COLOMA, WI (SPECTRUM NEWS) — The coronavirus pandemic is forcing the potato industry into an oversupply of the market.

Schools, restaurants and hotels closing leaves a gap in demand for products like fries and hash browns. The gap has lead to contract cuts for potatoes meant for processing, which is likely to then flush the market for grocery stores and chips.

“It's just such a massive shut down of that sector of our industry that there will be an oversupply issue in the fall,” Tamas Houlihan, the executive director of the Wisconsin Potato and Vegetable Grower Association.

In Wisconsin those processing contracts have been cut about 25 percent for the 2020 crop.

“That's a huge cut, normally that wouldn't vary more than three percent from year to year,” said Andy Diercks, part owner of Coloma Farms.

Diercks is the fourth generation to own the farm. They grow about 800 acres of potatoes in addition to other crops like corn and soybeans.

In Wisconsin, farmers were mostly told about the contract cuts before they planted their spuds.

“Many of us were able to adapt, make those changes, those plants didn't get planted,” Diercks said.

However, preparations for the 2020 season starts in 2019. Most farmers had made preparations, and ordered seeds for their fields.

“They'll take their first loss on the seed potatoes and just deal with 25 percent less total income,” Houlihan said.

Wisconsin is the third largest potato producing state in the country — in a virtual tie with Oregon. The contract cuts are worse in potato-producing giant states Idaho and Washington.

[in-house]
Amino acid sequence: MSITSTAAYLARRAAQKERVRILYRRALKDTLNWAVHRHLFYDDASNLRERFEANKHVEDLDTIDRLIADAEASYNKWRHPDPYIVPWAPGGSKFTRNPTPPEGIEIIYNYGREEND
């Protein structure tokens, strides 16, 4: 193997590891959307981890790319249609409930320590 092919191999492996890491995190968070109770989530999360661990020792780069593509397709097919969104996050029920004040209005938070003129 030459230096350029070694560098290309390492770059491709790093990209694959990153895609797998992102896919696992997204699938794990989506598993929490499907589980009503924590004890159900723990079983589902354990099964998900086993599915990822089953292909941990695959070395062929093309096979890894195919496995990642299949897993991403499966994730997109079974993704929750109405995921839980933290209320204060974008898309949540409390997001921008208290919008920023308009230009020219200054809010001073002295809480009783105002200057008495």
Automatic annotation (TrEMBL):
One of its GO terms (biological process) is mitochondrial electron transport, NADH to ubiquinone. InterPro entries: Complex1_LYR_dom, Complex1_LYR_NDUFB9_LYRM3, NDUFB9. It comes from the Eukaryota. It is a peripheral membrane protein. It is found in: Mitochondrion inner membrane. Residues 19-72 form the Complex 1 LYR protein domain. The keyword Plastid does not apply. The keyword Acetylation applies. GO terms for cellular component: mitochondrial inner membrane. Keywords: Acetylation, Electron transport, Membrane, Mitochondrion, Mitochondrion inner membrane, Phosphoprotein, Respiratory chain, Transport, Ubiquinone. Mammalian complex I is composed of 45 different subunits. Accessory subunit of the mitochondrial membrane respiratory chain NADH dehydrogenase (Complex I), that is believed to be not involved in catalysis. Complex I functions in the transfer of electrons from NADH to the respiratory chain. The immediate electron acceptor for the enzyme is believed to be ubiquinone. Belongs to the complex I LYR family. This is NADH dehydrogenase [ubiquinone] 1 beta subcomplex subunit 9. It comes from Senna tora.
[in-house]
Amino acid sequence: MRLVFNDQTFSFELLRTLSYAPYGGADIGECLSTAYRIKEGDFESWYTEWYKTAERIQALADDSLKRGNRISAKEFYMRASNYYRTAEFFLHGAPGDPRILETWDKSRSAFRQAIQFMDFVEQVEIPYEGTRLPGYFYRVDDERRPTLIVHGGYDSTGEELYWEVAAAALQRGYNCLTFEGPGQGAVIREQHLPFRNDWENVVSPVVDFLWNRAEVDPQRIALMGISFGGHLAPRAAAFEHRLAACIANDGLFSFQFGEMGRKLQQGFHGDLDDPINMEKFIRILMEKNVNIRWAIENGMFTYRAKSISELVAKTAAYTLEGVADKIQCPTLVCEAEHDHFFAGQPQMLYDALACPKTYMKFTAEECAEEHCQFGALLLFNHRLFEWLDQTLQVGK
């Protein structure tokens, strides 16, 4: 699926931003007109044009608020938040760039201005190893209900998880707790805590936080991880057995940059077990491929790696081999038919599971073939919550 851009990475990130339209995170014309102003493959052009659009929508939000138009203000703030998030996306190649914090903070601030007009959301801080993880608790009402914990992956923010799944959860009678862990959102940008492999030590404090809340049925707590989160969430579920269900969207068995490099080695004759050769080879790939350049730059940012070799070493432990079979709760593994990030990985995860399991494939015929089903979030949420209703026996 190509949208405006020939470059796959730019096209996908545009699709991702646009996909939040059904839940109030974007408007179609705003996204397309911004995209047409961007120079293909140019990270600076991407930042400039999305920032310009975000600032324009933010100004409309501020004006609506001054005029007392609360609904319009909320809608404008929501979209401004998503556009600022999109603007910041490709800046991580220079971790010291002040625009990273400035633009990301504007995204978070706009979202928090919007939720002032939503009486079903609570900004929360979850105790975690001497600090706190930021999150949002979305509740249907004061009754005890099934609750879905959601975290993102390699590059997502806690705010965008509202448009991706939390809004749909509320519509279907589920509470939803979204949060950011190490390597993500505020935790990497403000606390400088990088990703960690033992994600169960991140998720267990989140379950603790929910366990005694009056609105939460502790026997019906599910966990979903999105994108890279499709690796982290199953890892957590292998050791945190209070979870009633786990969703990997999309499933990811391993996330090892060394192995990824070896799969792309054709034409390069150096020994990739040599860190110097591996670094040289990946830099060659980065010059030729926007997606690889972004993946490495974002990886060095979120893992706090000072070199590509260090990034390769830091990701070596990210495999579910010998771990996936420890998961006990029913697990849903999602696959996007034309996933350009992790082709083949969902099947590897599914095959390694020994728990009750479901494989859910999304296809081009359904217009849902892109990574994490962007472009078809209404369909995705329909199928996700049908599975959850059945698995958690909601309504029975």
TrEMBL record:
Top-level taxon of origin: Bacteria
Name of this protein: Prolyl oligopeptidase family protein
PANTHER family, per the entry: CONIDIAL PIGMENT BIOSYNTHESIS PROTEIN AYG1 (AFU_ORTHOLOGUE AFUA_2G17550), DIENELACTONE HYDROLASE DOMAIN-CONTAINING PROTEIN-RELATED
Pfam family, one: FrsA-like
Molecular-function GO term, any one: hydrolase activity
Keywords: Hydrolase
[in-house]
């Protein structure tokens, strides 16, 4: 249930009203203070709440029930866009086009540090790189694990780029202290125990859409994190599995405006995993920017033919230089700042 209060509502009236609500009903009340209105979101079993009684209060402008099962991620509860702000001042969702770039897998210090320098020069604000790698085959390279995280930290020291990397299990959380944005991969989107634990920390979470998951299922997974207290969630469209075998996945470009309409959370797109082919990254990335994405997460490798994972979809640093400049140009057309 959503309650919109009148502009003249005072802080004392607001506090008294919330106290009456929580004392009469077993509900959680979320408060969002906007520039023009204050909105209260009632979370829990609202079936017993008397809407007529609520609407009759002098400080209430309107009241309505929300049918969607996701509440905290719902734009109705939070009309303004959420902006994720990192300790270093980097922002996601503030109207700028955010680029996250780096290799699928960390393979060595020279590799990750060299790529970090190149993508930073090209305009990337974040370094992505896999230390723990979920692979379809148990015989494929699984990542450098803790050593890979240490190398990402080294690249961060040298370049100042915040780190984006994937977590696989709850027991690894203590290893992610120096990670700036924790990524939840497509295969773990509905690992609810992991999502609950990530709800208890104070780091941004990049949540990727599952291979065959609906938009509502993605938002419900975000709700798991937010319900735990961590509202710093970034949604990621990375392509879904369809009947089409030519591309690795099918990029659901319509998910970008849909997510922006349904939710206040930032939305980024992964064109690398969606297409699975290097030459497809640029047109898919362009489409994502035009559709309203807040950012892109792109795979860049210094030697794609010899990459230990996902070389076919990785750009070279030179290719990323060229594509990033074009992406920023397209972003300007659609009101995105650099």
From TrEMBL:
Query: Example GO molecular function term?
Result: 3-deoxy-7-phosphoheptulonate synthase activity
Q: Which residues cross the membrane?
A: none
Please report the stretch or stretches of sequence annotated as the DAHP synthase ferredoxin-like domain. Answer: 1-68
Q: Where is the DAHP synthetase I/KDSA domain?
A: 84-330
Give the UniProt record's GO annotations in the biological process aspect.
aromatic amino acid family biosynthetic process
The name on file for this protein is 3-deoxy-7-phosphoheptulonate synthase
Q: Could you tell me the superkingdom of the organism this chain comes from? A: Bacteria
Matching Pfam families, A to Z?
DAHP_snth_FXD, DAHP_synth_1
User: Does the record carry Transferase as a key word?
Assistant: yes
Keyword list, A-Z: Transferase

“All those french fry potatoes in Idaho and Washington that are planted without a contract can transition into the fresh market, and if that happens it doesn't really take very much to hugely impact the price in the fresh market,” Diercks said.

Diercks said that would mean huge price drops for all potatoes.

“The problem is going to come even worse in the fall when all these potatoes that are grown for the food service market are backed up in storage,” Houlihan said.

Houlihan said the industry is now struggling to find places for the rest of the 2019 crop. In Wisconsin the WPVGA is working with food banks to get the potatoes to people who need food.

Houlihan said the biggest need for the industry would be for the service sector to return to normal, though he says the WPVGA doesn't disagree with government regulations. He says the best thing that people could do is buy from restaurants.

“We would encourage them to patronize restaurants as much as possible, I mean those folks are in dire straights,” Houlihan said.

A wet spring and fall in 2019 made for a tough year for farmers in Wisconsin. Farmers were hoping things would turn around in 2020. Potato farmers are bracing for losses this year if things don't change for restaurants and the coronavirus.

“It's pretty scary what might happen if we don't get the quick serve restaurants opened up,” Diercks said.